Some stories have the ability to bring generations together.
“I saw this movie in theaters when I was your age,” said a mother to her daughter, who was dressed in Belle’s iconic yellow gown as they filed into the Musco Center at Chapman University.
The venue was alive with Disney fans young and old Sept. 29 for the first-ever “Beauty and the Beast” Live in Concert event that paired the Chapman Orchestra with professionals from the American Federation of Musicians. The tale as old as time, with music from the award-winning score by Alan Menken and lyrics by Howard Ashman and Sir Tim Rice, marked the first, but not the last, collaborative performance of the 2018-19 season.
“This special screening speaks to and inspires the arts on many levels,” said Richard T. Bryant, Musco Center executive director. “Not only is it great fun for the entire community, but it is also a chance for Chapman students to engage with and learn from professional musicians.”
The 1991 film is a timeless classic and the first animated film to ever be nominated for Best Picture at the Academy Awards (it didn’t win). As the movie started and the orchestra began to play, an awed hush filled the room as first-time viewers and devoted fans were swept away by the tremendous magic of “Beauty and the Beast.” The musicians were nearly flawless throughout the film’s 84-minute run, receiving thunderous applause and a well-earned standing ovation. The audience laughed, cheered and even sang along to the likes of “Belle,” “Gaston” and “Be Our Guest.” The event was a towering success and a truly unique way to experience the beloved film, whether it was one’s first or 50th viewing.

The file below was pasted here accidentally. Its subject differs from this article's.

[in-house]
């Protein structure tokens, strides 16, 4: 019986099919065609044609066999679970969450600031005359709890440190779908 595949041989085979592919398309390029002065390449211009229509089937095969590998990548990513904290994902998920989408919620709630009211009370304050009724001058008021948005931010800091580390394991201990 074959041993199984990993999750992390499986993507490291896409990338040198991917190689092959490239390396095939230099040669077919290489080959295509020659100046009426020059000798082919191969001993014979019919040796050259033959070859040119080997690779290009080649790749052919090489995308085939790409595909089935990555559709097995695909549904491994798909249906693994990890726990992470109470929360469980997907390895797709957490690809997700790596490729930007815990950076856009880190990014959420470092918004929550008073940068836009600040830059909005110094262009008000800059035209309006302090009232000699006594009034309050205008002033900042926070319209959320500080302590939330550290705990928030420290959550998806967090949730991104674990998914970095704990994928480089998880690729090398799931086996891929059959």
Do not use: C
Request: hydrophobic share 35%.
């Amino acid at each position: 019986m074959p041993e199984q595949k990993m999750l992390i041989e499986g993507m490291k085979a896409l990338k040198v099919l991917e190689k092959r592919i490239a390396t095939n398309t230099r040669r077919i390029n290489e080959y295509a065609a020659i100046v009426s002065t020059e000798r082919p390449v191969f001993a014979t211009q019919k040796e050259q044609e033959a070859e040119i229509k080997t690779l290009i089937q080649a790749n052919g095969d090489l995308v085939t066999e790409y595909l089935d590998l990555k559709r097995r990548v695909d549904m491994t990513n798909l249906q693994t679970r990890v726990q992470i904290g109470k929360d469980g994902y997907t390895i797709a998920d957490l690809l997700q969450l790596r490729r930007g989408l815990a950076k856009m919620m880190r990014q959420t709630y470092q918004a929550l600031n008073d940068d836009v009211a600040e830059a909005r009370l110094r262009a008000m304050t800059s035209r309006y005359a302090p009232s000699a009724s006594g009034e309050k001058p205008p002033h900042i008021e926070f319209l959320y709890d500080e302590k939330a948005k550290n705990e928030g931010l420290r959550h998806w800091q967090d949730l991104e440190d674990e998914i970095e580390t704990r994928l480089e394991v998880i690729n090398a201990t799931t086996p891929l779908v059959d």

“I’ve played in musicals before, but I’ve never done anything as extravagant as this,” said one Chapman University Orchestra member. “[This venue] is so beautiful and getting to work with professionals and students who are so motivated is a really great opportunity.”
The Musco Center prides itself on offering performing arts students numerous chances to work with elite musicians throughout the school year in a wide array of genres. “‘Beauty and the Beast’ marks the first of many collaborations between our students and professional musicians this season,” said Dr. Giulio Ongaro, dean of Chapman University’s College of the Performing Arts. “A program like this is extremely valuable for the professional development of our students. Given the importance of orchestral music in the film industry, ‘Beauty and the Beast’ is an opportunity for Chapman students to gain hands-on experience in the professional musical landscape.”
Upcoming performances will have students working with the Stan Kenton Legacy Orchestra (Oct. 7) and renowned jazz and blues singer Barbara Morrison (Nov. 13).
See all events and purchase tickets at http://muscocenter.org.
By Megan Feighery